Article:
Blog: 30 December 2008

Tuesday, December 30

“Hey Mr. C., Miss Julie, look I got my passport in the mail yesterday.” Shahad was beaming as he thrust the official document with its golden imprinted seal on the cover towards us. “I can go anywhere in the world now, right?” “Well, almost”, I replied, realizing the significance the small important looking booklet had for him. Shahad and five of his classmates will be traveling to the Mexican State of Michoacán in February, 2009 to do field research as part of their high school curriculum. 

Since September Shahad and his classmates have been part of a new and exciting elective course in our small UrbanPromise high school. The year long course, called “Journeys”, meets twice each week for a total of 3 hours. We’ve been studying the Monarch Butterfly and its migration to winter sanctuaries by using various approaches.

• From a historical and geographic approach, the course takes us into a study of both animal and human migration…we’ve explored topics on the “Great Migration” of African Americans relocating from the south to the northern cities of the United States during the first half of the 20th century. We have looked at issues of illegal immigration and the relationship of the United States and its Mexican neighbor. Our exploration of Mexican history has opened the door to studying pre-Columbian native Aztec and Purepecha cultures. We have also been learning about Mexico’s post-Spanish conquest and contemporary history.

• In the sciences, we studied the life cycle of the Monarch Butterfly while raising, tagging, collecting data and releasing them. We have explored issues of climate change, habitat loss, deforestation, endangered species through field trips to Cape May and the New Jersey Pine Barrens. Students have read, researched and then debated positions centered on environmental conservation/preservation, environmental injustice and economic development.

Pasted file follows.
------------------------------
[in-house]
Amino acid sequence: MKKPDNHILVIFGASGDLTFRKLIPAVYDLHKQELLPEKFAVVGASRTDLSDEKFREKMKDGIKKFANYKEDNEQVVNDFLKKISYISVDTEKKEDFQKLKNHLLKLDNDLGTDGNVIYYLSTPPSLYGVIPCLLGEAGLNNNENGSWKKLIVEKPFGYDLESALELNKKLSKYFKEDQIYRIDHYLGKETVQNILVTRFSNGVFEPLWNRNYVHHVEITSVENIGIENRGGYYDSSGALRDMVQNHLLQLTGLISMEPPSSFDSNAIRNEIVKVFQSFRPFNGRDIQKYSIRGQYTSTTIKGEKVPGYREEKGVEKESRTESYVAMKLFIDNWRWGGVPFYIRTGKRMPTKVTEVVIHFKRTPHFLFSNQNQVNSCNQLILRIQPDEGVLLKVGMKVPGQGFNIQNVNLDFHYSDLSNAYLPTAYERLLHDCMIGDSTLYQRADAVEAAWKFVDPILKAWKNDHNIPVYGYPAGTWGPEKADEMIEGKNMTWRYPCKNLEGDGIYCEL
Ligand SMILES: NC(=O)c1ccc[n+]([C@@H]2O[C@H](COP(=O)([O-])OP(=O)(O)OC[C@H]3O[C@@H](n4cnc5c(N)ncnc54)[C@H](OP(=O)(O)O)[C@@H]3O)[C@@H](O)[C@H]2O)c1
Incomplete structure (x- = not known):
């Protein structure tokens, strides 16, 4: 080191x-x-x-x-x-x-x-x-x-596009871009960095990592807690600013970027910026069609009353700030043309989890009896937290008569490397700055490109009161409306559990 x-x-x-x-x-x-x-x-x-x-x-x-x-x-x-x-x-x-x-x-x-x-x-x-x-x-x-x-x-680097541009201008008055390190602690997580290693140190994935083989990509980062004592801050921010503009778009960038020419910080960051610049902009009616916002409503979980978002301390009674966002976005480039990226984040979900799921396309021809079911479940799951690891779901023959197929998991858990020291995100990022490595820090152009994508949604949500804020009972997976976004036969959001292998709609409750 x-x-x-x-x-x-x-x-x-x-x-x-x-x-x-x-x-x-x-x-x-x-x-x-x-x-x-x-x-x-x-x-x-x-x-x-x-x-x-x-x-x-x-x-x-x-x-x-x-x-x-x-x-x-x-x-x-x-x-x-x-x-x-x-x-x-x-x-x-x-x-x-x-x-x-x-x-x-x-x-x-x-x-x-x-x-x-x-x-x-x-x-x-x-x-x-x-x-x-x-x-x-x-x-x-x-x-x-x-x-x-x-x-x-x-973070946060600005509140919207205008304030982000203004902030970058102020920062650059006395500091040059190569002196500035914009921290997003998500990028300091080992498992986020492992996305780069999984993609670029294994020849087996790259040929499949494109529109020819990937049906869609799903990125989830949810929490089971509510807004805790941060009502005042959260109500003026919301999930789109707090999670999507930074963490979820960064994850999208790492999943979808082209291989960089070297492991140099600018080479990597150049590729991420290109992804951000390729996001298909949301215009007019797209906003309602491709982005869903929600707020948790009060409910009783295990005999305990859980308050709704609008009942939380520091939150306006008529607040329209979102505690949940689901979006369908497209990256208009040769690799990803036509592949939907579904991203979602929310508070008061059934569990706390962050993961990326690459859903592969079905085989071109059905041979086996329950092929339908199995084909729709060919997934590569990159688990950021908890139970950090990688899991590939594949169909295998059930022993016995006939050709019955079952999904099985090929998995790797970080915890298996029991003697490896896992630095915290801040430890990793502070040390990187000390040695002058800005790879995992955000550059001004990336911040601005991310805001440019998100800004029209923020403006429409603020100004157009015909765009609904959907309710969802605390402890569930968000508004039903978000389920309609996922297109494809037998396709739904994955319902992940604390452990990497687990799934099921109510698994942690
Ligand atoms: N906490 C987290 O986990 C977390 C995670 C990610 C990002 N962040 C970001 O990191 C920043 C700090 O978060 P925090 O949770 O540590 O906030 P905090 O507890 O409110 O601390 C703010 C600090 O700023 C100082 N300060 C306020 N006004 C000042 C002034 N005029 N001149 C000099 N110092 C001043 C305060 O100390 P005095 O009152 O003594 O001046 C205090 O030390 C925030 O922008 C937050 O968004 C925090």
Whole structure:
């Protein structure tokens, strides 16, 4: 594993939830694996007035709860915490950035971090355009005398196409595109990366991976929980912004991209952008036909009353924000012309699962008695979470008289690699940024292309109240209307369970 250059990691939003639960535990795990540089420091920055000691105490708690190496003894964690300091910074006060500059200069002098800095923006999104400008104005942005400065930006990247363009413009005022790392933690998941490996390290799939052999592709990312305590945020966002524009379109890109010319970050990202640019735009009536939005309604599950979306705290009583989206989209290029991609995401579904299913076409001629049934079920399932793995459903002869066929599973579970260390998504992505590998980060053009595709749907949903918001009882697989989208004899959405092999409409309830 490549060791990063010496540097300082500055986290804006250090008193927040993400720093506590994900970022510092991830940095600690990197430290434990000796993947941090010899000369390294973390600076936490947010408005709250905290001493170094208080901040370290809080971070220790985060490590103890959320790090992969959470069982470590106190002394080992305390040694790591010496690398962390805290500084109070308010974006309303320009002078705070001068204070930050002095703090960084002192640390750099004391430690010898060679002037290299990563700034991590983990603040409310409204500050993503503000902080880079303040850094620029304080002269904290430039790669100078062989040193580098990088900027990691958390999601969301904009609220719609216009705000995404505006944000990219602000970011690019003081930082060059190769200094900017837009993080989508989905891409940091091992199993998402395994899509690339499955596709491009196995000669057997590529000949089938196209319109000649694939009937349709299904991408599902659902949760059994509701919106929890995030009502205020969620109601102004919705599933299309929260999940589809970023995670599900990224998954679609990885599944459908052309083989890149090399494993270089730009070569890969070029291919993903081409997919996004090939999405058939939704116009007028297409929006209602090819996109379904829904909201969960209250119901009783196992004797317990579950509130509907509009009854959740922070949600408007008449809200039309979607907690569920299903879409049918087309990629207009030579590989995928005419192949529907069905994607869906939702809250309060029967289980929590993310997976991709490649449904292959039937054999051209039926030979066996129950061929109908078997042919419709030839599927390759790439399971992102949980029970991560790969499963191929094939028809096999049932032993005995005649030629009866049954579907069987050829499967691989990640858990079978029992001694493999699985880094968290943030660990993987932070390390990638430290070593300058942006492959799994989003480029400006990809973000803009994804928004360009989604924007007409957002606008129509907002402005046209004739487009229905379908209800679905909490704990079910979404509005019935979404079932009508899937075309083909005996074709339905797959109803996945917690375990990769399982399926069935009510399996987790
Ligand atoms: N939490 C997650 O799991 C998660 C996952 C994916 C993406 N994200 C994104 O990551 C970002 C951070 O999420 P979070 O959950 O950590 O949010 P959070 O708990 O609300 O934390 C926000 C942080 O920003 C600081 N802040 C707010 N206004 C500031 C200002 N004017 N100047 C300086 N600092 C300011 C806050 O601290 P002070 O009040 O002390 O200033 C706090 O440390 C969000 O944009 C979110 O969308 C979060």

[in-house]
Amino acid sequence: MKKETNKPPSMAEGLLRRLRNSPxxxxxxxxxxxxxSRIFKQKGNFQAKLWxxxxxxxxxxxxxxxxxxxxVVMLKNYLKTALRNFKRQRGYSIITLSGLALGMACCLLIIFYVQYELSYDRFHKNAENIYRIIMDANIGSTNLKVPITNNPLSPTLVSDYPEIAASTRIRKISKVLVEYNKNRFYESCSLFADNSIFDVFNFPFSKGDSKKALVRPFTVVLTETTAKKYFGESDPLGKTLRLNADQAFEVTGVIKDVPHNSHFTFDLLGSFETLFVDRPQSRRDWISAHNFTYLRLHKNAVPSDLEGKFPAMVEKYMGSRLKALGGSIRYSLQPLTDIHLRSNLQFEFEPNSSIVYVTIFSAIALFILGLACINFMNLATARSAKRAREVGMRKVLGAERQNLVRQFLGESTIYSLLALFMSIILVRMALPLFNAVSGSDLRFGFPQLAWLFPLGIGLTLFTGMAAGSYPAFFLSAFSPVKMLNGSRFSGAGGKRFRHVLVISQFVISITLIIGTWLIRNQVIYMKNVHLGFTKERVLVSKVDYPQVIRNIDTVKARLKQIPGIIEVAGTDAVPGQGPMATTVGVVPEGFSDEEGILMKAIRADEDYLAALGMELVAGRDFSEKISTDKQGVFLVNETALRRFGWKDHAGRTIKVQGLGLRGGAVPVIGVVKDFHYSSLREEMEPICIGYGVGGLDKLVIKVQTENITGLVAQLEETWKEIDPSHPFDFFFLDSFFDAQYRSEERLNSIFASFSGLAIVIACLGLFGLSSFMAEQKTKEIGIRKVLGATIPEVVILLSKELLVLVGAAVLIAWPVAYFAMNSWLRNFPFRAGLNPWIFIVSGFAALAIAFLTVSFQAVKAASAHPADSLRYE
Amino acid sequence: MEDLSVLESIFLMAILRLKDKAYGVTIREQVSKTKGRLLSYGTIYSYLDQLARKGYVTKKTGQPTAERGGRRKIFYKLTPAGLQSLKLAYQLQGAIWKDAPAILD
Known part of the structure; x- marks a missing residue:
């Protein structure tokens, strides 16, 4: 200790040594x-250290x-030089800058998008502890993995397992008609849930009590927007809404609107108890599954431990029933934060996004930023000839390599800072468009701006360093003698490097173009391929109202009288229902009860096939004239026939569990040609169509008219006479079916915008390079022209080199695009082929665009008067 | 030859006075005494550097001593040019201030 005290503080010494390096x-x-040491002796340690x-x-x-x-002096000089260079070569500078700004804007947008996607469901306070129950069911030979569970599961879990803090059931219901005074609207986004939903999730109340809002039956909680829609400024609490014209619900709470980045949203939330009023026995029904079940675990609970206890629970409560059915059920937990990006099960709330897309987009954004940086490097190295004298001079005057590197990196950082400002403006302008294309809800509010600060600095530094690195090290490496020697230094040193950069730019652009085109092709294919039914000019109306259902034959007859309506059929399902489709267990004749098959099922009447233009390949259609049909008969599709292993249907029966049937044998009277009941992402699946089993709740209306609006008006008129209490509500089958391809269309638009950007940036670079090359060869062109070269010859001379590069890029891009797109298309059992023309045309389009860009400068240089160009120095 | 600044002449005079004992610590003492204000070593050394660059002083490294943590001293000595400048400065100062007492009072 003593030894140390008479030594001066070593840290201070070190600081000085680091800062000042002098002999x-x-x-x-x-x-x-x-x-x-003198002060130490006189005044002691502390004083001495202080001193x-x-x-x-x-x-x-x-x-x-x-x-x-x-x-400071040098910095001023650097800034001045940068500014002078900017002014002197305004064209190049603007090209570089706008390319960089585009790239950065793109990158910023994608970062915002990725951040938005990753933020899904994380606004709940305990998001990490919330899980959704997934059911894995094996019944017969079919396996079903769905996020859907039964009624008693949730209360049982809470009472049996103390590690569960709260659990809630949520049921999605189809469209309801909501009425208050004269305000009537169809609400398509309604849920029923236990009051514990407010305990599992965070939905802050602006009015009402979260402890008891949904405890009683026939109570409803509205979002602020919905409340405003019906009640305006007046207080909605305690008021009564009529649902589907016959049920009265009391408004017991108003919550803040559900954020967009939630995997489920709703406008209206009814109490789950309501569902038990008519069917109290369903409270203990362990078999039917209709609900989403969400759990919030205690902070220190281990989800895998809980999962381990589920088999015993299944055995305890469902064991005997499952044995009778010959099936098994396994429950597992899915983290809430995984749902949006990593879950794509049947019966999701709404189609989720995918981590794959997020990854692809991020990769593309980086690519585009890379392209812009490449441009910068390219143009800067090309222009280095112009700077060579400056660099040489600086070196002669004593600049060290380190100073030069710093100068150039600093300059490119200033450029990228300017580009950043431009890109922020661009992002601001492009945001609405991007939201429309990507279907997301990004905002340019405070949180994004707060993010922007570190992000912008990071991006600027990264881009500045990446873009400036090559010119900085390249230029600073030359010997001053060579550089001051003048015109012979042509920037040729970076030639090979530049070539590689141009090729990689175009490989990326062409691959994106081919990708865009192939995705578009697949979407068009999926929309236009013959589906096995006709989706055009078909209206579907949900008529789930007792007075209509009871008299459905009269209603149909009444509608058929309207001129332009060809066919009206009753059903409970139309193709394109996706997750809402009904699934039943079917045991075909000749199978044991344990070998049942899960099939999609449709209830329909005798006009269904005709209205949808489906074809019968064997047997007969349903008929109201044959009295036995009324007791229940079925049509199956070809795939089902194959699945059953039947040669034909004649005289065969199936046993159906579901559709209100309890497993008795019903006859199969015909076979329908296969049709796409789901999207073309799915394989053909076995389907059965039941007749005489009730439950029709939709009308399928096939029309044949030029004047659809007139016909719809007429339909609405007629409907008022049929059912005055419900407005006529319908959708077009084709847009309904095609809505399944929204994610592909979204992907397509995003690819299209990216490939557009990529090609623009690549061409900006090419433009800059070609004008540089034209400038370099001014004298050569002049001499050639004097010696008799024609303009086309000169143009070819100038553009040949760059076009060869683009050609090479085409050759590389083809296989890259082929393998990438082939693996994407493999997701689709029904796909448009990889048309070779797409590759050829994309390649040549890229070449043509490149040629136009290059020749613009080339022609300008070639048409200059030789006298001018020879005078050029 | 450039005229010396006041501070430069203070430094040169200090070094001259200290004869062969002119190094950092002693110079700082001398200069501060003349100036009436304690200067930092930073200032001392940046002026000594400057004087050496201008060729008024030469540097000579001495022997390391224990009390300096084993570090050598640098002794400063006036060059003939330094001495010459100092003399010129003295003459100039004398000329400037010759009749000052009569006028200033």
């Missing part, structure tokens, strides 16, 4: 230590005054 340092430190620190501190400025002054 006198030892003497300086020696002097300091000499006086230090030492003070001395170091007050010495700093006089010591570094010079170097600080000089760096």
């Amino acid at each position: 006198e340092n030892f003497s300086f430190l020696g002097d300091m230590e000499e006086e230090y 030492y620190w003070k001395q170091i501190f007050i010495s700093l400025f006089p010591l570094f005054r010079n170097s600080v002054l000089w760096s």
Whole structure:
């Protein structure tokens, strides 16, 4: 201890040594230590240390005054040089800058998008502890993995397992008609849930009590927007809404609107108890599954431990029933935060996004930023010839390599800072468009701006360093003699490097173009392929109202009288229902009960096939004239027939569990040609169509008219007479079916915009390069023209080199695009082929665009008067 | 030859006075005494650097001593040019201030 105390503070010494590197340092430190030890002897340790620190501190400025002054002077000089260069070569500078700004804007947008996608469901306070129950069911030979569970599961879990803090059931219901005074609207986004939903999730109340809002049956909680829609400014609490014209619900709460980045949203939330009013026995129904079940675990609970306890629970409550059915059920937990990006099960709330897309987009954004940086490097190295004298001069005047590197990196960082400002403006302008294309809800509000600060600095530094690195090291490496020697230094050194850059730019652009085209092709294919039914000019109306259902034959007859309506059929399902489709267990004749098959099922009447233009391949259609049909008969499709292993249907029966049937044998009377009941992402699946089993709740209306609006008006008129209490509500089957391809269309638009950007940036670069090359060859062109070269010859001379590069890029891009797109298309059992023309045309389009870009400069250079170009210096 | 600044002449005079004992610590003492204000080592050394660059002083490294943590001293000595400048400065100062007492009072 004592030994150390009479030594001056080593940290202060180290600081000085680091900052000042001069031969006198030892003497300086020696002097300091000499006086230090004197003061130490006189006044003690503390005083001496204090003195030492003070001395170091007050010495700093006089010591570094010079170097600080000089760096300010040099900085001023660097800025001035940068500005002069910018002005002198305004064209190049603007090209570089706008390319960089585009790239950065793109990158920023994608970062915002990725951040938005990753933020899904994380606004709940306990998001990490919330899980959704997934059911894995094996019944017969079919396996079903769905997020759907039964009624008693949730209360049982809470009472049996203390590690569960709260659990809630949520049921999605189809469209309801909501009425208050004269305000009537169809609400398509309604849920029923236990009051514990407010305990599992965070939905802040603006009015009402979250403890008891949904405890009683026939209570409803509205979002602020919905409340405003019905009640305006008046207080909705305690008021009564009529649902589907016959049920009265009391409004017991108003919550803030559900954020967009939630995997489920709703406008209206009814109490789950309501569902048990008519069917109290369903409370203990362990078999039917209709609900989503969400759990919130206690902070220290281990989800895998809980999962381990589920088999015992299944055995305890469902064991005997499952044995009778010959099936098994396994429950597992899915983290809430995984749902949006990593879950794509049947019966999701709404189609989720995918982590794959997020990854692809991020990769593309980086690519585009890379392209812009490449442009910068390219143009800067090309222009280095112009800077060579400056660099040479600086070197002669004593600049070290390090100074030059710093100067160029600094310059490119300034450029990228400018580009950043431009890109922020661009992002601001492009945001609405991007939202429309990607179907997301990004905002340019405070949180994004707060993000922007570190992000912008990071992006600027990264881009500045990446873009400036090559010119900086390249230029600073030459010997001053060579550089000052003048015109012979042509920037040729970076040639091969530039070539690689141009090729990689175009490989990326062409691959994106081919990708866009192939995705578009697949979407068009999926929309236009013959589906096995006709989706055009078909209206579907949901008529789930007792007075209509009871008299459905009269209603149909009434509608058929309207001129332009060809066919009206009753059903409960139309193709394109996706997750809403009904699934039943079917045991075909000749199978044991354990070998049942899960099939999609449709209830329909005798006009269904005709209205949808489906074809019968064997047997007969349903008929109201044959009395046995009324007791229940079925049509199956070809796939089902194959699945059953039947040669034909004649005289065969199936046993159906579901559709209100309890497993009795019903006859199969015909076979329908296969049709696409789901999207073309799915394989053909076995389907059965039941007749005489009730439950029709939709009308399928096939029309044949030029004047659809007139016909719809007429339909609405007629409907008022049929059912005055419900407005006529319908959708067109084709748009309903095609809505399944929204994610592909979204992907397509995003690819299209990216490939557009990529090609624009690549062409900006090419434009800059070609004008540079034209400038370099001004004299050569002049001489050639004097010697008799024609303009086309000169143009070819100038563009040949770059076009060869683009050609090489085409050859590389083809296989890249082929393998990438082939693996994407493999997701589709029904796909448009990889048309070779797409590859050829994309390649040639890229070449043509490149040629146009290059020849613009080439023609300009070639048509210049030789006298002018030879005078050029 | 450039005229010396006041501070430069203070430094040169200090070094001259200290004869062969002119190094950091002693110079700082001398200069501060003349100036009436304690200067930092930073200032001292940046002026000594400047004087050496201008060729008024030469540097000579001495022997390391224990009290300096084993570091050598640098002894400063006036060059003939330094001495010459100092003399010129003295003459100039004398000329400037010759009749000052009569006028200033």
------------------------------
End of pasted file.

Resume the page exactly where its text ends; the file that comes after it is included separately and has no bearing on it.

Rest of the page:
• In language and visual arts, the Journeys class is learning to observe not only with the eyes of a scientist but also the creative eyes of an artist. They have taken the time to sit quietly in the garden sketching plants and insects alike. They have created poetic verse, learning to wordsmith the myriad of new words and ideas that are revealed through their studies.

Our upcoming trip to the Transvolcanic Mountains of Michoacán will provide our students the opportunity to do field research on pre-selected subjects and to meet with rural Mexican school students who are also studying the Monarch Butterfly and its migration north. Our travels will take us to Mexico City. We will see the art work of Diego Rivera, often described as the greatest Mexican painter of the 20th century. We will visit the ancient ruins of Tzintzuntzan, center of Purepecha culture; Teotihuacan and the Pyramids of the Sun and the Moon including the Tenochtitlan, the ancient Aztec capital city.

In many ways it is the magnificent and miraculous “Danaus Plexippus” (Monarch Butterfly) that is our passport to learning as six young students from UrbanPromise Academy prepare for the journey of a lifetime. This small yet grand, fragile yet incredibly resilient creature has led us to a world beyond our classroom, a world beyond our small urban garden in Camden, New Jersey.

Peace, Like a Garden in Camden

Jim Cummings

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